The Texas state legislature has approved two bills that propose to expand the state’s current medical marijuana laws.
The Lone Star State’s relatively restrictive Compassionate Use Act only allows those Texans that have been diagnosed with intractable epilepsy are currently allowed to use cannabis products that have low levels of tetrahydrocannabinol.
The Texas House legislature approved two bills, House Bills 3703 and 1365, which would both expand upon current regulative restrictions on cannabis use for medical relief if they survive the legislative process.
State Representative Stephanie Klick, author of HB 3703, would amend the current Compassionate Use Act, allowing patients with multiple sclerosis, persistent muscle spasms, and any form of epilepsy to be eligible for a medical marijuana prescription.
Rep. Eddie Lucio III’s bill, HB 1365, proposes to cover many more patients with a wide range of ailments. HB 1365 was also the first to pass out of the House on Tuesday, May 7 with Klick’s bill passing on Thursday, May 9.
What the two bills propose to do
Klick, the author of the state’s current Compassionate Use Act, has proposed a more restrictive medical marijuana bill than Lucio, arguing that her bill falls more in line with the intent of the 2015 Compassionate Use Act.
In an interview with Dallas News, Klick argued that the Compassionate Use Act was meant to ensure that Texas would “have a truly medical program that follows the scientific data.”
Prior to her stint in the state legislature, Klick served as a nurse. Utilizing her personal professional experiences as a background in developing this bill, she argued that adding multiple sclerosis is acceptable because “the scientific data is fully developed for MS.”
In addition to adding MS to the list of illnesses eligible for medical marijuana treatment, Klick’s bill would establish a statewide research study on the use of low-THC medical marijuana. The research program would be administered by the state’s Health and Human Services Commission.
“We need more data for us to truly know if this medication helps other conditions. Our state-of-the-art research facilities here in Texas are well-suited to participate in this research,” Klick said.
Lucio’s HB 1365 proposes to further expand upon the current Compassionate Use Act by providing more access to medical marijuana for a larger number of patients with a greater variety of diseases and ongoing medical conditions.
These conditions include “autism, cancer, Alzheimer’s disease, Huntington’s disease, Parkinson’s disease, post-traumatic stress disorder, muscular dystrophy and MS.”
“There are countless Texans enduring insurmountable pain as they battle diseases like cancer, autism, and PTSD,” Lucio stated when he introduced the bill on May 6. “This is undoubtedly a complex bill, members. But it has taken countless hours of time to develop a system we believe would work best to serve those in need.”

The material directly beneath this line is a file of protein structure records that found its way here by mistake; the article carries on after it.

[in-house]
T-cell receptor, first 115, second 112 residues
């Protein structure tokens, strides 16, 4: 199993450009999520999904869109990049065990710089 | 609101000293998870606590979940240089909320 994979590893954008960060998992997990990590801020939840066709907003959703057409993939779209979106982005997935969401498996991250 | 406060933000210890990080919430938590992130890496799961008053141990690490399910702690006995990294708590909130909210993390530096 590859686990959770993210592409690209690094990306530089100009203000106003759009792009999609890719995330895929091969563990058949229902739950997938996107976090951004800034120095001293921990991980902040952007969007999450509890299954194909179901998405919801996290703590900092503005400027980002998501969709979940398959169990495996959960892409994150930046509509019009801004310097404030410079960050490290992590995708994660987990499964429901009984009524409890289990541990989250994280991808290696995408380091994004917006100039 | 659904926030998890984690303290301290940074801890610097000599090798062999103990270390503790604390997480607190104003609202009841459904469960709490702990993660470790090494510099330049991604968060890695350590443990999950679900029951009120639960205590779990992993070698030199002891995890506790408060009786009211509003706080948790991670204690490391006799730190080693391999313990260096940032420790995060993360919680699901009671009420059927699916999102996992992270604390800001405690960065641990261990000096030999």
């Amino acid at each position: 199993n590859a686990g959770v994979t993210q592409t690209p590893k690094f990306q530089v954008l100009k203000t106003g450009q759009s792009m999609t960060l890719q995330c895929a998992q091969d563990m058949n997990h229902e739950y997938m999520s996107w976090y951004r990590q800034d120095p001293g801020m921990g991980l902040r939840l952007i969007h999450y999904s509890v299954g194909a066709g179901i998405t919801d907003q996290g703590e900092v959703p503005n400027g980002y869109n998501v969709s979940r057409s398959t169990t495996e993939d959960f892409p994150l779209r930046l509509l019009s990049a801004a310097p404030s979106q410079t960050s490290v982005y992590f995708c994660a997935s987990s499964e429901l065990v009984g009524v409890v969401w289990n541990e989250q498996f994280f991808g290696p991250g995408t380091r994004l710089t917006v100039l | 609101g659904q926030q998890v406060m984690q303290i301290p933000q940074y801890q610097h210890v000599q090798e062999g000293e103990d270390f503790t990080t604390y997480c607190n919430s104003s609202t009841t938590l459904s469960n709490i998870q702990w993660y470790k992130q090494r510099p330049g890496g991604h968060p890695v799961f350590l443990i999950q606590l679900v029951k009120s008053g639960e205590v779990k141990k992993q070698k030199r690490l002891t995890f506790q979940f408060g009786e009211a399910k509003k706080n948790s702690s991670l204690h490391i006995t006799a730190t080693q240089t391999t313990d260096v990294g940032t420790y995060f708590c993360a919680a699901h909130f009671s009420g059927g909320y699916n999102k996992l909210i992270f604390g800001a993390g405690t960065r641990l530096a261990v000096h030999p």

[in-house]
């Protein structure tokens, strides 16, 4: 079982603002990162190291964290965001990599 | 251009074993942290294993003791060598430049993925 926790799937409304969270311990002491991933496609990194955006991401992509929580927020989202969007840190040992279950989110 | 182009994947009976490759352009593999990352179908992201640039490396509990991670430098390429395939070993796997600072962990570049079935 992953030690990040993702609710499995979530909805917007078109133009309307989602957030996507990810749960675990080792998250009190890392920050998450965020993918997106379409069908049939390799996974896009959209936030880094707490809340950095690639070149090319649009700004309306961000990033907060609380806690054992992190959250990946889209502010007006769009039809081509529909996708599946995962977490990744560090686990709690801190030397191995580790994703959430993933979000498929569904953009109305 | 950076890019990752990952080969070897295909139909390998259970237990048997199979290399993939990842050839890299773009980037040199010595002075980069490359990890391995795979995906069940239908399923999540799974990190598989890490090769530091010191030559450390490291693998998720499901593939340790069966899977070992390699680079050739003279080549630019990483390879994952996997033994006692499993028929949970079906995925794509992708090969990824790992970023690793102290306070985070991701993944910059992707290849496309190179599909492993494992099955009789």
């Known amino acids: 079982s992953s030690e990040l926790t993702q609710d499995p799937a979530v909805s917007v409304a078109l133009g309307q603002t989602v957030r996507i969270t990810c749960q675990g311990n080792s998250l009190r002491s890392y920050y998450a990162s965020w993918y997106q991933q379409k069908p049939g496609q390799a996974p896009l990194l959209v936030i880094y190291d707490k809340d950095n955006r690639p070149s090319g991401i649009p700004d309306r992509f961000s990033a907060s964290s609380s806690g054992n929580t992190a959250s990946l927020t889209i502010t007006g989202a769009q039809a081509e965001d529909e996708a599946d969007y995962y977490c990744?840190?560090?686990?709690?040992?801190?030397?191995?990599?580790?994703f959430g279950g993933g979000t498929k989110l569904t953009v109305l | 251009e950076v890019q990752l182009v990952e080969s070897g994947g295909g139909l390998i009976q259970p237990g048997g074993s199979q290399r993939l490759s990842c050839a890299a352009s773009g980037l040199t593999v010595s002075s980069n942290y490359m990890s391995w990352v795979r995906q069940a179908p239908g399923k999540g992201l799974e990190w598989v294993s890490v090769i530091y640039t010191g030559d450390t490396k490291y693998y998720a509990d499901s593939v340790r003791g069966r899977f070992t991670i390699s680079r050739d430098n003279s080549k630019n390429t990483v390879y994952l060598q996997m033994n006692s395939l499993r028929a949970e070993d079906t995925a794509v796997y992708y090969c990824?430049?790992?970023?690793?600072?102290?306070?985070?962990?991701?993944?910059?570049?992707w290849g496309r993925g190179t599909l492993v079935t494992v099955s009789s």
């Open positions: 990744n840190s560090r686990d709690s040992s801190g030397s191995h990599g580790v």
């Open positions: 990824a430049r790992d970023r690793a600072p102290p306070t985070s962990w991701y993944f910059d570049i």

The bill would allow people with severe nausea, continuous muscle spasms, or severe pain to use medical marijuana as a form of treatment. Like Klick’s bill, Lucio’s HB 1365 also calls for a research component.
HB 1365 would establish a 12-member board which would oversee a statewide “cannabis therapeutic research program”. This board would develop guidelines for administering medical marijuana, including ensuring quality control for purity, labeling, and offering information on best practices for cultivation.
The board would also determine the “appropriate formulations and dosages” for patients with specific medical conditions.
“By combining needed patient protections and a comprehensive research component, this bill provides a framework to improve the lives of countless Texans in the near future,” Lucio said.
What are the bills’ chances of survival?
Both Lucio and Klick feel optimistic about the odds of their bills’ surviving the legislative process. The House approved Lucio’s HB 1365 by a vote of 128-20, and Klick’s HB 3703 passed with a vote of 133-10.
The bills still need to be heard by the State Senate, and will ultimately go to the Governor for approval or veto if they make it out of the Senate revision process.
While both bills enjoyed bipartisan support, it remains unclear as to whether one, or both, of the bills will make it out of the Senate.
Current leader of the state Senate Lieutenant Governor Dan Patrick has been openly opposed to a Senate Bill which proposes to lower criminal penalties for the possession of small amounts of marijuana.
That bill, like Lucio’s and Klick’s bills, passed with the support of more than 100 House members.
The current legislative session will end on May 27, so Texans only have about two weeks to wonder which of the bills, if any, will survive the Senate hearing process. If both make it out with relatively few amendments, the governor will certainly have their pick of the medical marijuana related bills.